Dumbbells & Dumbbell Sets
Compare cheap dumbbell prices at Fitness Savvy. We list hundreds of dumbbells from top retailers including Argos, Sports Direct, Amazon, Decathlon and more. We’ve reviewed and rated them so you can easily find the best dumbbells before you buy. Remember to also check out our Best Adjustable Dumbbells Guide.
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(10kg x 1 (Single)) Hex dumbbells rubber gym weights encased hexagonal 7.5kg/10kg/15kg Single & Sets
(15kg x 1 (Single)) Hex dumbbells rubber gym weights encased hexagonal 7.5kg/10kg/15kg Single & Sets
(7.5kg x 1 (Single)) Hex dumbbells rubber gym weights encased hexagonal 7.5kg/10kg/15kg Single & Sets
(Pair of 15KG (30KG Total)) GYM MASTER Hex Dumbbells Rubber Encased 1-40kg Cast Iron Weight Lift Set Pair
Muscle Squad MuscleSquad PU Hex Dumbbells – 5kg – 30kg Set (2.5kg intervals) – Free Exercise Chart Included 5kg – 30kg Set (2.5kg intervals)
Muscle Squad MuscleSquad PU Hex Dumbbells – 5kg – 40kg Set (2.5kg intervals) – Free Exercise Chart Included 5kg – 40kg Set (2.5kg intervals)
First time buying dumbbells? Then check out our buying guide below.
If you’re looking to grab yourself a dumbbell set, there are some things you should know. Are you looking for individual weights, or adjustable dumbbells, for example? Are you looking to increase in size, or tone up? What material should they be? How about the type of bar (or handle) or the maximum weight? Fitness Savvy understands the importance of your purchase, and that is why we have put together this buying guide to help you choose the right product for you.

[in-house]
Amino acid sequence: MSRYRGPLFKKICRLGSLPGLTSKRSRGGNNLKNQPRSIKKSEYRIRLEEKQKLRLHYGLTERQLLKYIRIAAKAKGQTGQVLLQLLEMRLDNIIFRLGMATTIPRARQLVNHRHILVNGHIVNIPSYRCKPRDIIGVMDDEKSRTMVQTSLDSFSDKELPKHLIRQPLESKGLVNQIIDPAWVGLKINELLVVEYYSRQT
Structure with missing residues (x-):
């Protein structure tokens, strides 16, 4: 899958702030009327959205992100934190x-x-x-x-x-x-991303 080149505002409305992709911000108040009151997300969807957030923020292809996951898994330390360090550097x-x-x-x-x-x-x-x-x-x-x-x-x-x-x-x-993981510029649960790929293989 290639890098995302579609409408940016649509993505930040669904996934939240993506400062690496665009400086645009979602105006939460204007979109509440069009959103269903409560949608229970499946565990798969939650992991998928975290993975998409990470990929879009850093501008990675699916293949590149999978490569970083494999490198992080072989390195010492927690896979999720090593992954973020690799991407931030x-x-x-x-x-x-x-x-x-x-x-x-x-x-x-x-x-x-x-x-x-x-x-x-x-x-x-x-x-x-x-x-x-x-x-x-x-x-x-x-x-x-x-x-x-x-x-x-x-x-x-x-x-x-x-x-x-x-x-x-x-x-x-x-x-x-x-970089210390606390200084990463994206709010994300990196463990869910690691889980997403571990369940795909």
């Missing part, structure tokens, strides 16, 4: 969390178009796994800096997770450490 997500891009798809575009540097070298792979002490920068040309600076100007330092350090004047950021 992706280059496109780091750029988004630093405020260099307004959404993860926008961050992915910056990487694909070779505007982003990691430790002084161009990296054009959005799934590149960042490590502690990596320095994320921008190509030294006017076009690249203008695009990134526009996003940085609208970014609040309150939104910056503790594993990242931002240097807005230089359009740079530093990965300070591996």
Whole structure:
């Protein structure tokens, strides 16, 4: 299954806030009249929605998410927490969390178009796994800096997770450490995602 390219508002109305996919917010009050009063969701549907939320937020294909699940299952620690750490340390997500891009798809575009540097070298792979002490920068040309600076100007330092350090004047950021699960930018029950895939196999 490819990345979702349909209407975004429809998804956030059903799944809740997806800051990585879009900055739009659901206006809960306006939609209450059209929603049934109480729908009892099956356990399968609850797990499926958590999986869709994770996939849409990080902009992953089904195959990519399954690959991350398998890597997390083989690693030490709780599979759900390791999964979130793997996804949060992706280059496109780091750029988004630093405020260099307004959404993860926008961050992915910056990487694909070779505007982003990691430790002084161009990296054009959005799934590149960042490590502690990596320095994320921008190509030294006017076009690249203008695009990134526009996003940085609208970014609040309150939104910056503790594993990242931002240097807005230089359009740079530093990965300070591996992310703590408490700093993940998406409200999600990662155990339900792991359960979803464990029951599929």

Where to Buy Dumbbells
First and foremost, a common question we hear is “where to buy dumbbells”. With so many retailers to choose from, it is difficult to work out who has the best deals or compare products. This is why Fitness Savvy was created.
We list products from top retailers including Argos, Fitness Superstore, Amazon, House of Fraser, SweatBand, eBay and many, many more. You can compare products side by side, filter by features, read buying guides and then find the best prices.
Types of Dumbbells
A wide variety of dumbbells exist. We will go through the types you can expect to find and their features.
Fixed weight dumbbells – as the name suggests, these weights are fixed. Unlike their adjustable or interchangeable brothers (where you can add or remove plates or discs to change weight between exercises or sets), several pairs must be purchased to form a set.
For this reason, these are the most expensive option. As you can imagine, purchasing 15 or 20 sets can soon add up to an eye-watering sum.
Adjustable dumbbells – these are fantastic for saving space. You have 2 bars, and 2 stands. Each dumbbell has a dial. While they are resting in their stands, this dial can be turned to adjust the weight, quickly and easily. So, rather than having 15 pairs – as with the fixed weight option – you have only one pair. These are more expensive than the interchangeable variety, due to the technology that goes into manufacturing them, as well as the time-saving benefits for the user.
Interchangeable dumbbells – these tend to be the cheapest option – note we say “tend” to be.
When looking to buy dumbbells, you will often find ones with the spinning lock at the end, and several different sized plates – you know, the ones you got from Argos when you were a teenager and wanted to look buff.
These spinning locks are conveniently called Spinlock Dumbbells, as we will discuss later. However, the better-quality ones come with collars or clips which make changing the plates over much faster. You can get a standard-sized bar or an Olympic bar for these.
Collar & Bar Type
You will find dumbbells can come with standard or Olympic handles.
Standard handles – these are 1-inch bars and tend to be spinlock. They are typically less costly than Olympic dumbbell bars. You require 1” plates for these bars. This is important to remember.